In time, the many local New England churches established by the Puritans came to be known as Congregational churches, which continues to be First Church’s tradition. For two centuries, these Puritans, or Congregationalists, were the dominant group in most of New England and generally shared a consistent set of beliefs and attitudes. Serious dissent from the shared beliefs was not readily tolerated, and, in Connecticut and Massachusetts, Congregationalism was the state religion.
Traditionally, each Congregational church owns its own property and selects its own clergy. In practice, these churches have worked closely together. Even before 1818 and the disestablishment of Congregationalism as Connecticut’s state religion, denominational organization as we know it today was preceded by such associations as the missionary societies of Connecticut and of Hartford.
First Church was part of the original formal Congregational denomination from its founding in 1871 until 1957, when it merged with the Evangelical and Reformed Church to form the United Church of Christ. First Church joined that new denomination in 1961, withdrew from it in 2004, and is now considered an independent congregational church.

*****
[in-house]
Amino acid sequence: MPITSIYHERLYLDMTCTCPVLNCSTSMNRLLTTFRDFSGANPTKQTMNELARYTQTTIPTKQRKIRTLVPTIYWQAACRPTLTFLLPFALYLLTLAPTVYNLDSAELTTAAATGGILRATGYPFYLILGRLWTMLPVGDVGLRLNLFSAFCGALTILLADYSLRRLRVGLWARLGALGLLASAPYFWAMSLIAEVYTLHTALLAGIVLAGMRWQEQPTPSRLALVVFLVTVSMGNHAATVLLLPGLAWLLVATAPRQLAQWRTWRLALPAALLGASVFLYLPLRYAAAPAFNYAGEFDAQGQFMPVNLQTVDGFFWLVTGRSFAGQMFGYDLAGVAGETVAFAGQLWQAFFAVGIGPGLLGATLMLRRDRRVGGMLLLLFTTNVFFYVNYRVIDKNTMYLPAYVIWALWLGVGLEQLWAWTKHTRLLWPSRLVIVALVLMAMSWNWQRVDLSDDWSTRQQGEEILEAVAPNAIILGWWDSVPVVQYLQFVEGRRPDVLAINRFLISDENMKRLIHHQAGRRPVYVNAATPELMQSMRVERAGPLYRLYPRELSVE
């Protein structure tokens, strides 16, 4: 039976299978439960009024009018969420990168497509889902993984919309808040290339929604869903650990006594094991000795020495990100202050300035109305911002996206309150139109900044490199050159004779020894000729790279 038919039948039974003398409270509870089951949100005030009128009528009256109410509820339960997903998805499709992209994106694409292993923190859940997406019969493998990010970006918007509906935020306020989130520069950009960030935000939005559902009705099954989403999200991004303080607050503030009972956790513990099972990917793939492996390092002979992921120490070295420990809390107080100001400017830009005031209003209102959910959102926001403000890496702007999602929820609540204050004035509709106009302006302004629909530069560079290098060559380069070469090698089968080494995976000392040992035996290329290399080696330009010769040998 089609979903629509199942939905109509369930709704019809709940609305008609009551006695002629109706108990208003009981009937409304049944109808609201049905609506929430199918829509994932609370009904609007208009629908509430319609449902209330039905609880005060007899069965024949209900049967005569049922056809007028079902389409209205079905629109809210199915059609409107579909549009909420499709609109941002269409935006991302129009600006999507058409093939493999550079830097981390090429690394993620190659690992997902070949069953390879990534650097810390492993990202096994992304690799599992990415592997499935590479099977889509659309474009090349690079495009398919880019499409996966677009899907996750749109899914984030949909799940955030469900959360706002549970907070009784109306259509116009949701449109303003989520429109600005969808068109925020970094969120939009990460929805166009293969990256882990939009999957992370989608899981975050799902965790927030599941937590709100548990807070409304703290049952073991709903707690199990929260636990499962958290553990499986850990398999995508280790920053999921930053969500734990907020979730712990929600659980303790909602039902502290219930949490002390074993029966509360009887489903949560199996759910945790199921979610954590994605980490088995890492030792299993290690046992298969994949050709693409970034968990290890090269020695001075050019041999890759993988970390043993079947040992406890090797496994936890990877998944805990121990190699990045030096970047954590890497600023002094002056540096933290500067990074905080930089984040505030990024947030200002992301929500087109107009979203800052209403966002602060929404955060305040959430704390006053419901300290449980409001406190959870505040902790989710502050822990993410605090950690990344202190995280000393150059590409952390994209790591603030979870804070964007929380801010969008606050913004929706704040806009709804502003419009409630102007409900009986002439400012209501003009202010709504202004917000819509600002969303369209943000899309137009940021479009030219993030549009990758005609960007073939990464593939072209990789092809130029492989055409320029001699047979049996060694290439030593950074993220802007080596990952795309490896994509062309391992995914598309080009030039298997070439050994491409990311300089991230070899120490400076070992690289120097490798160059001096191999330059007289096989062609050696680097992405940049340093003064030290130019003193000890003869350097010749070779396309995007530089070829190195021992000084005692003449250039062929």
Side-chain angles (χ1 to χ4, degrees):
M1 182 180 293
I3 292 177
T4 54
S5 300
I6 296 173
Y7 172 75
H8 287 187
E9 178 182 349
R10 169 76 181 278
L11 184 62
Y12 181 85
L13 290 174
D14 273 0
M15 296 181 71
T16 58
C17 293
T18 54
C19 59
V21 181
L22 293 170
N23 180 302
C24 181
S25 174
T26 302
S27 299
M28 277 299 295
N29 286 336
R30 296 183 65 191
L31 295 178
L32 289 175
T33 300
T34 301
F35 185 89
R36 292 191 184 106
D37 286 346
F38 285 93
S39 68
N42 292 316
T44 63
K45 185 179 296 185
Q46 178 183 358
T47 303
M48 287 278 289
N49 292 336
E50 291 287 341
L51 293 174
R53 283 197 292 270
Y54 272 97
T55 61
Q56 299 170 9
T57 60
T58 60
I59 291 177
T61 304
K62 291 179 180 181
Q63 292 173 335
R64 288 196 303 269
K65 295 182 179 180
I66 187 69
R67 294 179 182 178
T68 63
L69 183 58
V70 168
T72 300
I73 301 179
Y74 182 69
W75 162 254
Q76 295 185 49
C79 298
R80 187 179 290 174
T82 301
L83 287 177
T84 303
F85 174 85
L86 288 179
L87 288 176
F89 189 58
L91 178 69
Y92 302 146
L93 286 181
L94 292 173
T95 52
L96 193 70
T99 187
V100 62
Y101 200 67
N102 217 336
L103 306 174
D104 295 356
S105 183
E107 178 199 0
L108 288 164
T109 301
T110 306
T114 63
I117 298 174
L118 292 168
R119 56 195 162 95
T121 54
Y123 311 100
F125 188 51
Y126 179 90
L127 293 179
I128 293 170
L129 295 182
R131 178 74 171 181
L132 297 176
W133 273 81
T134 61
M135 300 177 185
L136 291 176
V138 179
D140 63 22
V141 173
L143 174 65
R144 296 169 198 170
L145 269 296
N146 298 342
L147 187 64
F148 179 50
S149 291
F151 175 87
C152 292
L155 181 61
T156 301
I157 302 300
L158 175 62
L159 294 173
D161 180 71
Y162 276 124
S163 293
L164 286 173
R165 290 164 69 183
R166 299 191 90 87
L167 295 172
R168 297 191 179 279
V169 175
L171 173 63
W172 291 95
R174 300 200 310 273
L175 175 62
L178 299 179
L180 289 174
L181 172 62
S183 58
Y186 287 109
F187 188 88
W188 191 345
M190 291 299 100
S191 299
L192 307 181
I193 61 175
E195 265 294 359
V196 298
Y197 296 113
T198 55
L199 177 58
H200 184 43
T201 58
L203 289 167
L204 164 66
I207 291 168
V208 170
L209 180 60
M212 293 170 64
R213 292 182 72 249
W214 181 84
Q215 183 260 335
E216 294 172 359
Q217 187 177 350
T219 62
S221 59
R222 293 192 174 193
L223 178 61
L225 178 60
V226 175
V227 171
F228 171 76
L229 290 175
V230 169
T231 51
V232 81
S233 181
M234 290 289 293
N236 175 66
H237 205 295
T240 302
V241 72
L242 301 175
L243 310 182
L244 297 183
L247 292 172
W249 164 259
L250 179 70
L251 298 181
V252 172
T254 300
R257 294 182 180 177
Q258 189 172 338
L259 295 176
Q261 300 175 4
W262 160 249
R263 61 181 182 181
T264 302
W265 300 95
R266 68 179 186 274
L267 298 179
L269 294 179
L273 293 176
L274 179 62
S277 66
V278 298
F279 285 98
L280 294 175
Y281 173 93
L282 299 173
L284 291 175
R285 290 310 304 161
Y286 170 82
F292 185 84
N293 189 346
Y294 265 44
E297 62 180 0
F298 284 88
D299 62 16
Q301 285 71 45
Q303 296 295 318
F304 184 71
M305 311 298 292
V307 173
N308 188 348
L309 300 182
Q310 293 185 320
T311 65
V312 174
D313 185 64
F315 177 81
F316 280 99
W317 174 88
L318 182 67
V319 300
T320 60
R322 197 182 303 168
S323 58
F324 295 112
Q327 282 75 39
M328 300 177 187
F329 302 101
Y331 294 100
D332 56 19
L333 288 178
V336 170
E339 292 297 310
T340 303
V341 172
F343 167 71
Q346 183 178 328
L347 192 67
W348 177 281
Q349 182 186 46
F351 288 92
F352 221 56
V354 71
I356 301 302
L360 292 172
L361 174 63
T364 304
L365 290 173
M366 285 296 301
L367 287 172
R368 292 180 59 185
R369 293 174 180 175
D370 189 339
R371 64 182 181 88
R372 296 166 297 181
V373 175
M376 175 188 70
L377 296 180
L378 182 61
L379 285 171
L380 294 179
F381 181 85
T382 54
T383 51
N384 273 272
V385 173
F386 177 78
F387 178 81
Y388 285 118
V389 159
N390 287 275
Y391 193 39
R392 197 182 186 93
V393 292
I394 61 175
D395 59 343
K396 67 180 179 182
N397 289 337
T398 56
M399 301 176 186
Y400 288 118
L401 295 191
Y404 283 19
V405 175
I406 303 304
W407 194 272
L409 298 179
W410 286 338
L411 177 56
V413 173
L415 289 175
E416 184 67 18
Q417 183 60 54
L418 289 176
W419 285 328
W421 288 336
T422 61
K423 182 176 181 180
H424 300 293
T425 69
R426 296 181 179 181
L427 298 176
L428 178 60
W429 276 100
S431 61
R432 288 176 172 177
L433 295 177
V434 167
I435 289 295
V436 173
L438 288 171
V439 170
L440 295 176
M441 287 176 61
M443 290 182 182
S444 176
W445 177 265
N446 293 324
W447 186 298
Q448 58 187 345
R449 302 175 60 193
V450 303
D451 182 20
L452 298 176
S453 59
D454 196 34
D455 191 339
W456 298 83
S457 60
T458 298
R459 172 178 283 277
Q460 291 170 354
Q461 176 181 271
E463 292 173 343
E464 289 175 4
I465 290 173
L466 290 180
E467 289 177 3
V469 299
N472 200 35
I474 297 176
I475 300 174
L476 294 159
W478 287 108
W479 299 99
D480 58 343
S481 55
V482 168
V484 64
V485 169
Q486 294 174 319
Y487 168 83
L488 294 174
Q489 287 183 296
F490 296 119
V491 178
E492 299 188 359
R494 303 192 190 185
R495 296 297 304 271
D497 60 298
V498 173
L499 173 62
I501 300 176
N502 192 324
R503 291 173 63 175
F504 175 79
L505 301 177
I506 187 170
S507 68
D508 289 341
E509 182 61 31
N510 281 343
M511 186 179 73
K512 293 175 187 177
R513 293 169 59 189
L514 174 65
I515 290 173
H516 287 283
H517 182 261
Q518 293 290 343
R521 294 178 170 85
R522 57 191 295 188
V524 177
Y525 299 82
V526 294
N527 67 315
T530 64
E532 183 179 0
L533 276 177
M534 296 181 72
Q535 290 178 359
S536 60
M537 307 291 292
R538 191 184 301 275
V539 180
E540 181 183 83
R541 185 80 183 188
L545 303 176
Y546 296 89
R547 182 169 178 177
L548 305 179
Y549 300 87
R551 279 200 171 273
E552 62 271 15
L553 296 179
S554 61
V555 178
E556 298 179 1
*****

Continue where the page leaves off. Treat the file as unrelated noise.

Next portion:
In essence, a church is not its building or its denomination. It is people brought together by God, to love and praise Him, to love all others, and to spread to others the good news of God’s grace. When we focus on our own personal relationship with God, we find ourselves effective in loving and helping others. Church becomes a place where, as we at First Church like to put it, “the Spirit is alive and miracles happen.” To the extent that we succeed in any of this, the credit belongs to God.
First Church is over 375 years old, so there have been a great number of pastors, church leaders and parishioners who have worshiped and served God here. Many are chronicled in the book A Pleasant Land—A Goodly Heritage, by Lois M. Wieder, for the period 1635 to 1985. Here are a few well-known Christians who have had a connection with this church.